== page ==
Thursday, December 15, 2011

Albert Molher and the Virgin Birth

Albert Molher has an article on the Virgin Birth. He defends it. This is a good thing because the doctrine is true. But he goes further. He says one must beleive it to be a Christian.
Now, even some revisionist evangelicals claim that belief in the Virgin Birth is unnecessary. The meaning of the miracle is enduring, they argue, but the historical truth of the doctrine is not really important.
Must one believe in the Virgin Birth to be a Christian? This is not a hard question to answer. It is conceivable that someone might come to Christ and trust Christ as Savior without yet learning that the Bible teaches that Jesus was born of a virgin. A new believer is not yet aware of the full structure of Christian truth. The real question is this: Can a Christian, once aware of the Bible’s teaching, reject the Virgin Birth? The answer must be no.
The problem is that  Albert Molher does not have the authority to define who is Christian and who is to. He is responding to Nicholas Kristof writing in the New York Times who says the very opposite. Some people think he has a lot of authority as well. In the protestant world everyone has authority and if everyone does then nobody does.

The doctrine is sometimes called the Priesthood of All Believers. Really it amounts to the Papacy of All Believers. Everyone has the authority to define the Christian faith for themselves. But the bible says in Ephesians 4:5 that Christians all have one faith. How can we have one faith unless we have some way of defining that faith that we share? We can't. Molher sees this. He says:
What are we to do with the Virgin Birth? The doctrine was among the first to be questioned and then rejected after the rise of historical criticism and the undermining of biblical authority that inevitably followed.
So the question is bigger than the Virgin Birth. If Christianity cannot say definitively that this doctrine is part of the faith then the same can be true of  any other doctrine. Molher gets that. But he cannot offer any more than his own opinion against the opinion of Kristof. They both make arguments. How can anyone be sure who is right? How can we say the Christian position is Mohler's position and not Kristof's?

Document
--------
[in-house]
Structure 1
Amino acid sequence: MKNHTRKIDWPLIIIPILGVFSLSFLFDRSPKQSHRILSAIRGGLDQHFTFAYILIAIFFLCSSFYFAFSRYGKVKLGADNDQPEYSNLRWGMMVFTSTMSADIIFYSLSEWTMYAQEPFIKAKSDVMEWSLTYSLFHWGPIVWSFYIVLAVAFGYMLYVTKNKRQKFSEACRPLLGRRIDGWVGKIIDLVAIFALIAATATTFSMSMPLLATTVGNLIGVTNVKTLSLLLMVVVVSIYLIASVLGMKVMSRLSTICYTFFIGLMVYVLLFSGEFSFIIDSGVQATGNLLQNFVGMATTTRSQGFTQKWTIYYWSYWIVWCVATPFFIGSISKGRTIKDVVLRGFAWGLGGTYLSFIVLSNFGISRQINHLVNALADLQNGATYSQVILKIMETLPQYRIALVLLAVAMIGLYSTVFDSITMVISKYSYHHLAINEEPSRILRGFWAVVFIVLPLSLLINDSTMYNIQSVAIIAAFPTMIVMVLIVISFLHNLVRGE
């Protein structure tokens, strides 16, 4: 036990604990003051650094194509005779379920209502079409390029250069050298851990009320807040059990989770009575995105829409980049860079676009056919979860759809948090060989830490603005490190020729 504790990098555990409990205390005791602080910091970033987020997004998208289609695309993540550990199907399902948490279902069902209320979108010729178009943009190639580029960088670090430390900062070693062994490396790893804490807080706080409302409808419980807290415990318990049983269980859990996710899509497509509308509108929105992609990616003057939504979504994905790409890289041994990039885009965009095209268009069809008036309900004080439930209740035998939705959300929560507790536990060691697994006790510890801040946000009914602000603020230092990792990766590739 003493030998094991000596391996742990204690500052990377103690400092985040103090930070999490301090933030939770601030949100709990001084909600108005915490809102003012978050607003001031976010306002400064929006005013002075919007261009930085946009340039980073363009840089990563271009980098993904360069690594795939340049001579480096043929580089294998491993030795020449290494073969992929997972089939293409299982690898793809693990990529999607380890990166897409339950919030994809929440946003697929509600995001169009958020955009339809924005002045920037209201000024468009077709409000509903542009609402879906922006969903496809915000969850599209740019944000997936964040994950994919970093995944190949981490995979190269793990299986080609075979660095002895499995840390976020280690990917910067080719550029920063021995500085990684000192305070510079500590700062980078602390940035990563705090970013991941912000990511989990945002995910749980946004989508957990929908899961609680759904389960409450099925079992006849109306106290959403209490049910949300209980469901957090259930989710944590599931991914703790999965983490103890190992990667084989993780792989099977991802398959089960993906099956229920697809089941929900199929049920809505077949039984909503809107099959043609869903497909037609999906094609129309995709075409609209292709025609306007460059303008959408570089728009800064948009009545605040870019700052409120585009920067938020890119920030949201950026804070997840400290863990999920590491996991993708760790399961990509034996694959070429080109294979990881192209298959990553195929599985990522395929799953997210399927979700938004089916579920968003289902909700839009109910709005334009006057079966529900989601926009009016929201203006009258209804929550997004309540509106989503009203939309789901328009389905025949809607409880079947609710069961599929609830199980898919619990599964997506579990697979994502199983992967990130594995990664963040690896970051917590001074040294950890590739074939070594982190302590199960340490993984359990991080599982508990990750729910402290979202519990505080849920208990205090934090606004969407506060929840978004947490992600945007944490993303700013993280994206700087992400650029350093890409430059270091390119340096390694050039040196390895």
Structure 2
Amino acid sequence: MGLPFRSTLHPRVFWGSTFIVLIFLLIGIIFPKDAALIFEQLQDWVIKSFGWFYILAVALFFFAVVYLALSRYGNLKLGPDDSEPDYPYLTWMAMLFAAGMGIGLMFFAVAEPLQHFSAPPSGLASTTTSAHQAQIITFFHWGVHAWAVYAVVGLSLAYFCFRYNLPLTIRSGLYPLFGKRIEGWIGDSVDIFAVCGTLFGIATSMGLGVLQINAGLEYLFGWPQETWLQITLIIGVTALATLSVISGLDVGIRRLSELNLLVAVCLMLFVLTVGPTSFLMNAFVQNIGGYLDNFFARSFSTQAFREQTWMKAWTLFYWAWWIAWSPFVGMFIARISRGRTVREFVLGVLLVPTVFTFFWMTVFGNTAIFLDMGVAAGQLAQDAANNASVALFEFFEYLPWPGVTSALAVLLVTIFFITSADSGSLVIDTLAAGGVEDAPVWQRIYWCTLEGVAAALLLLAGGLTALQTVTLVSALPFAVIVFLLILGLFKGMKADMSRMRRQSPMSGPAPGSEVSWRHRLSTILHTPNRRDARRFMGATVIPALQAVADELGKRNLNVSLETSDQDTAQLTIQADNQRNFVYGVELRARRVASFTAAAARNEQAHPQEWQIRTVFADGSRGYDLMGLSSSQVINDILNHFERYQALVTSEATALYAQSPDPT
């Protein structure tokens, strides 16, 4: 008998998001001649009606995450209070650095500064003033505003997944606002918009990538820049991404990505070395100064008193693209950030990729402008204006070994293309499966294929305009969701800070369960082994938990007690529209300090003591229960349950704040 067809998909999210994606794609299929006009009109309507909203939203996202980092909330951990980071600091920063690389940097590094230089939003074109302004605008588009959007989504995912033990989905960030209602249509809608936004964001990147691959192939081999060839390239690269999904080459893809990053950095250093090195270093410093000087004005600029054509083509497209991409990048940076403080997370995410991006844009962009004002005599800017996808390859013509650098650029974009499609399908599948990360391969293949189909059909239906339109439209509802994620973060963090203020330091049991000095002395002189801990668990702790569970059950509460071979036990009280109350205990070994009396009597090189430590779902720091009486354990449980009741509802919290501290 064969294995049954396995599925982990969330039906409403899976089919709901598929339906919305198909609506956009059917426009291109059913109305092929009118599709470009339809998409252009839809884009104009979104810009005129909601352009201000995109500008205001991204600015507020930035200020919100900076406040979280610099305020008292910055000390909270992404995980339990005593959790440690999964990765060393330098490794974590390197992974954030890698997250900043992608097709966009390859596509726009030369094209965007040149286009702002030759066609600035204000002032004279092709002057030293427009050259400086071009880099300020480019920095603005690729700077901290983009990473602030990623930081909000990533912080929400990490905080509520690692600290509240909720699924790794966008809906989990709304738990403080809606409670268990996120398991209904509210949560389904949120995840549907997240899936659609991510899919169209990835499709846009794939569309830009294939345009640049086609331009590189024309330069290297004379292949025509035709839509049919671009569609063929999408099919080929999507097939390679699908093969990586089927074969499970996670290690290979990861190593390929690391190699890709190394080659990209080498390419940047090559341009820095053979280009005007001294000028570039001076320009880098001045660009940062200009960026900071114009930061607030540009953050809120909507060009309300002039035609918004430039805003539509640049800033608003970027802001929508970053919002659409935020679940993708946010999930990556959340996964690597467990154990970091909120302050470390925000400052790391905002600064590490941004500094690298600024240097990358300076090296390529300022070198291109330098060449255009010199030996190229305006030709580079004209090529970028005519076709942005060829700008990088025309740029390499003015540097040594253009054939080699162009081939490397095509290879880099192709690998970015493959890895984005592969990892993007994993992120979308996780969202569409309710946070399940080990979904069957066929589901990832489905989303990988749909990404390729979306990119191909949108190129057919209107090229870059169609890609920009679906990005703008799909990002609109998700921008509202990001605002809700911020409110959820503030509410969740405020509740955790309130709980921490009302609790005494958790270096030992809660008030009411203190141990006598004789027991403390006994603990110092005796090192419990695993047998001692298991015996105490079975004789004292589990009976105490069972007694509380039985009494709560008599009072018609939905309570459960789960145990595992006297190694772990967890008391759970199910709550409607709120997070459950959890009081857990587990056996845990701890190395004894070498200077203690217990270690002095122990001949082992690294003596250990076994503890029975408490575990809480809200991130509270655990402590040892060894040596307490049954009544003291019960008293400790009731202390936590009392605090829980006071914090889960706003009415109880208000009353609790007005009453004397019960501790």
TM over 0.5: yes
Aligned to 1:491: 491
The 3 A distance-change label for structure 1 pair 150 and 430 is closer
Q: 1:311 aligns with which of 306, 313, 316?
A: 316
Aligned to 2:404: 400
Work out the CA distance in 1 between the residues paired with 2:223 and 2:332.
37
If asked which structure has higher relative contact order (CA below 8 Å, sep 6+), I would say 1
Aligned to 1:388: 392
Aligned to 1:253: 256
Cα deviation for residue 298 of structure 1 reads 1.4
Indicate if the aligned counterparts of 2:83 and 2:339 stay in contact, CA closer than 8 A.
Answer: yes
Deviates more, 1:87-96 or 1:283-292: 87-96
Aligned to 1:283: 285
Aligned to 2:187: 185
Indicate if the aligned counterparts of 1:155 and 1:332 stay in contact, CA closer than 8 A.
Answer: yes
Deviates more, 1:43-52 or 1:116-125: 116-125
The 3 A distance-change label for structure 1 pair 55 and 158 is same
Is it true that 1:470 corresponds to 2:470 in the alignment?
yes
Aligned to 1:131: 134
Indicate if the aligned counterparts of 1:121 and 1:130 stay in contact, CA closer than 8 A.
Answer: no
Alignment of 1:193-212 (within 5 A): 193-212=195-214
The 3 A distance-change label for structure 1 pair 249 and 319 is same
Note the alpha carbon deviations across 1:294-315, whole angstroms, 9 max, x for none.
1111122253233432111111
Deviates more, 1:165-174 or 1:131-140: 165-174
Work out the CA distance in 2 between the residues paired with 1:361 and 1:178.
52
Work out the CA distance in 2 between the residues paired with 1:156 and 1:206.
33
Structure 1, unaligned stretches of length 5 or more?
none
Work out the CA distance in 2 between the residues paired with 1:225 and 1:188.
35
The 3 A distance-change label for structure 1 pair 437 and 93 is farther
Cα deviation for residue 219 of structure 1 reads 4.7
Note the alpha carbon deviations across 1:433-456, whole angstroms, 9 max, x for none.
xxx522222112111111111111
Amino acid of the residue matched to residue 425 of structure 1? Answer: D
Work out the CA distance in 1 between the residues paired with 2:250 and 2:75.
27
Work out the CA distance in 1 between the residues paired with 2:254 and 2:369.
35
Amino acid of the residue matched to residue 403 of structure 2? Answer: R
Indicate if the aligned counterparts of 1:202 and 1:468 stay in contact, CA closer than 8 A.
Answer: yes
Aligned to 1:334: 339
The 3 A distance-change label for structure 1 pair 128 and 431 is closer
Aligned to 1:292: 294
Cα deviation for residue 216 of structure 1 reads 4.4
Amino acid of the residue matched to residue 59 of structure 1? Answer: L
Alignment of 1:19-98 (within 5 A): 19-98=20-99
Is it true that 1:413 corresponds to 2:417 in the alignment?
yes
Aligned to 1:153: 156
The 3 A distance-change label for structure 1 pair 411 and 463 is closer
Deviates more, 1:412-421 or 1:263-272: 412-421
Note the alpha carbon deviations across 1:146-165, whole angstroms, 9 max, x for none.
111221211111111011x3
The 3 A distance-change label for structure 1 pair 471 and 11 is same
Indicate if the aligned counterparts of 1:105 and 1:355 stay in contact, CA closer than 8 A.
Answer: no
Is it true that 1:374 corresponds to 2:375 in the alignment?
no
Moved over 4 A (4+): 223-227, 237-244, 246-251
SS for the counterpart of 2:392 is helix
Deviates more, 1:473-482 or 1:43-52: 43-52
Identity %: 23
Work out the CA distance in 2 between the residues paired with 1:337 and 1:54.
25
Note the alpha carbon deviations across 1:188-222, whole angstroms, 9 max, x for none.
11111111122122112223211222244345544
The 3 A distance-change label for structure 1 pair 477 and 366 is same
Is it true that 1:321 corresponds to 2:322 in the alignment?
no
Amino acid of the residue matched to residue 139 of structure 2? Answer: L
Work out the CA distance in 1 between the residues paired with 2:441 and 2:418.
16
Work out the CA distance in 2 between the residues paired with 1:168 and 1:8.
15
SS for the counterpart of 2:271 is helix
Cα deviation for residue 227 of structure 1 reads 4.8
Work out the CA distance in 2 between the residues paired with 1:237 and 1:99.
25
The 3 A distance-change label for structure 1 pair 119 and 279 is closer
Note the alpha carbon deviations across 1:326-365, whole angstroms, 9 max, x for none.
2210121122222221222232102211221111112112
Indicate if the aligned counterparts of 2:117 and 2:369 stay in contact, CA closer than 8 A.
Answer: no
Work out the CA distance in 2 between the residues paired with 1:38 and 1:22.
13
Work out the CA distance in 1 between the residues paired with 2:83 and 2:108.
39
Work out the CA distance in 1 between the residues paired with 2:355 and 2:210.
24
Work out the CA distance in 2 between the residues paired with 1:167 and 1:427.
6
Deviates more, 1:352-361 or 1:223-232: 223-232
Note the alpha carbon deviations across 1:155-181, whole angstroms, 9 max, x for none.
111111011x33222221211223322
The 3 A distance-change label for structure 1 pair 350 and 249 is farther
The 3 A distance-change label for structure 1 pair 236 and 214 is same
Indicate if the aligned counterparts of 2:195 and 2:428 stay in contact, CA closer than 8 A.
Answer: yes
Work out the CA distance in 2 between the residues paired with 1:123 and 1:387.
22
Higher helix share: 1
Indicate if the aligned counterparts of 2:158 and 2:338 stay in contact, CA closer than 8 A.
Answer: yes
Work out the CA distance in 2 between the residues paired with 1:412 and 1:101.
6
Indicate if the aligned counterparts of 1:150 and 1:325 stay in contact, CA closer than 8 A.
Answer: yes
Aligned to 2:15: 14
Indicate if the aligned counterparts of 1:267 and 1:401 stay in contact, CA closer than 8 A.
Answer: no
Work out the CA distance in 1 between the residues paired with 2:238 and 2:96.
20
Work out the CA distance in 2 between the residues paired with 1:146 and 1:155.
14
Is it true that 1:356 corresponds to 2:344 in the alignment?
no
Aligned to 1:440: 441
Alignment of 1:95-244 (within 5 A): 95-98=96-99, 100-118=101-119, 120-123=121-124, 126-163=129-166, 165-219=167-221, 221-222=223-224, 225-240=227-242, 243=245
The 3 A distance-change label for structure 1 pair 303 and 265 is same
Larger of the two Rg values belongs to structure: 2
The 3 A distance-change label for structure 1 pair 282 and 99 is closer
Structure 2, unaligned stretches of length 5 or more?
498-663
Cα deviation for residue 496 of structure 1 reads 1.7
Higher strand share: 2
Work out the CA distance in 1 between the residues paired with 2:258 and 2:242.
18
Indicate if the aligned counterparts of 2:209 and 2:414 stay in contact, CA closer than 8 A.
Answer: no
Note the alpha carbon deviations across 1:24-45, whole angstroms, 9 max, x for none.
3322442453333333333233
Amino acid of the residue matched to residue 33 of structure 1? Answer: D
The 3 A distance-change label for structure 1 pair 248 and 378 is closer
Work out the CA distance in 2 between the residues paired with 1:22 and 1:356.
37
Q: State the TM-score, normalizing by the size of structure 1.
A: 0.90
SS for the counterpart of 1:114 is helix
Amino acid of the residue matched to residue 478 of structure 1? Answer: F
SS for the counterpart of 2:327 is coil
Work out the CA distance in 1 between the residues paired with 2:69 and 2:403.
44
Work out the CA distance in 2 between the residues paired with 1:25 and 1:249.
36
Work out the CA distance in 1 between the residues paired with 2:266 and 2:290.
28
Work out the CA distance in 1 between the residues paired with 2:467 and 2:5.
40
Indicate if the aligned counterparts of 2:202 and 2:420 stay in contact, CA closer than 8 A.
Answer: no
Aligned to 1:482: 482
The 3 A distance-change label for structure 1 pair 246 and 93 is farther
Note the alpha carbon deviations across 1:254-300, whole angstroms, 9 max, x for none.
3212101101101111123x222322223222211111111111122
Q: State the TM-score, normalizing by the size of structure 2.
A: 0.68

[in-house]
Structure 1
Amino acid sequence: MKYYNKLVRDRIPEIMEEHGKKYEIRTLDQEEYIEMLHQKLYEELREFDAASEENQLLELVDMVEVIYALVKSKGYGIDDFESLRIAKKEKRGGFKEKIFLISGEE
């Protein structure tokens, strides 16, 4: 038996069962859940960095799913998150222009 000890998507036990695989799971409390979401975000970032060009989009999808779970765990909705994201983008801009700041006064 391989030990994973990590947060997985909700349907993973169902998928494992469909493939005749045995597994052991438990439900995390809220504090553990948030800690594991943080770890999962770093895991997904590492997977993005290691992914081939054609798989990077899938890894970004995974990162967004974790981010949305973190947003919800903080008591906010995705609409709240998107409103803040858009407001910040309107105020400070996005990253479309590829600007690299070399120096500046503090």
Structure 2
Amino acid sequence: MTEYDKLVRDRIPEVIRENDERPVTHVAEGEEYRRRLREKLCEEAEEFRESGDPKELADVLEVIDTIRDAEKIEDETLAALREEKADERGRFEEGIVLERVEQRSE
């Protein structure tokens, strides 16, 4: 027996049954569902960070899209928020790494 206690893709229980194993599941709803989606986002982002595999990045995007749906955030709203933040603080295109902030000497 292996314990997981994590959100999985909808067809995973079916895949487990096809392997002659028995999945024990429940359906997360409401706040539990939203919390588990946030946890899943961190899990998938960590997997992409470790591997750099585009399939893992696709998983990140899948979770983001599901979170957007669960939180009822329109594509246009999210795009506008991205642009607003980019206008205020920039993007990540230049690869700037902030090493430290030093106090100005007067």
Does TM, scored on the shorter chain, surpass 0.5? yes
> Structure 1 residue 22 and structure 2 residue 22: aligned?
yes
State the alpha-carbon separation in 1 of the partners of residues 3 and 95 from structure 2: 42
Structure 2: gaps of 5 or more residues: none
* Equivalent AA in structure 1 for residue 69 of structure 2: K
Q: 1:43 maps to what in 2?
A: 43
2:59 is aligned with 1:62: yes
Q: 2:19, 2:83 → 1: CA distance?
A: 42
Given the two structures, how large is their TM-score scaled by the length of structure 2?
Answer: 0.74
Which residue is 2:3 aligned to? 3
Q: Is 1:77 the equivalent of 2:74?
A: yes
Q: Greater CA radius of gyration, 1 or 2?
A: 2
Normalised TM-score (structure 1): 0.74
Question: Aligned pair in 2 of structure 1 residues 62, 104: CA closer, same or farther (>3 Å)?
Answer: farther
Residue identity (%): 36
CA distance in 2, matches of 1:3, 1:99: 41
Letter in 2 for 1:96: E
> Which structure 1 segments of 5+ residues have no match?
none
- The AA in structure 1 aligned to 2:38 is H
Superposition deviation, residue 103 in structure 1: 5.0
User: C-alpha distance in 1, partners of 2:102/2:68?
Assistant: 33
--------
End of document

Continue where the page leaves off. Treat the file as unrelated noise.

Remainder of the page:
Mohler does his best to appeal to tradition. He identifies Kristof with liberal theology and secularism. This is code for Evangelicals. He is basically saying these guys are not part of the Evangelical magisterium and I am so listen to me. An indirect appeal to authority. It is indirect because Molher does not believe in appeals to authority. As a protestant he rejects the doctrine. But without it Christianity is unworkable. So they kick it out the front door and slip it into the back door. They try to have it both ways. All Christians are equal but some are more equal then others.


  1. It's like Fr. Richard John Neuhaus said when describing his own conversion from Lutheranism to Catholicism: "The question is one of authority." And C.S. Lewis in a private letter said something to the effect that the main problem wasn't submitting to all that the Catholic Church had said, but submitting to all that the Church *might* say. They both recognized the essential issue-- does the Catholic Church have legitimate authority to teach? I think most Protestants don't recognize the centrality of that issue. Even if they're dimly aware of the problem with their own source of religious authority (the Bible is 100% trustworthy but was compiled in the 300's and abridged in the 1500's by authorities that weren't 100% trustworthy), they've never dreamed that the Catholic Church has a solution. When I was Protestant I didn't even know that the Catholic Church claimed to have any more authority than any other denomination.

  2. Good to hear from you Rachel. Are they letting you on the net from your convent or are you out?

    You are right that most protestants don't frame the question in term of trust. Can I trust God to protect the Catholic Church from serious error? At the end of the day we have to trust someone. Why is so hard to believe God would provide us with that someone?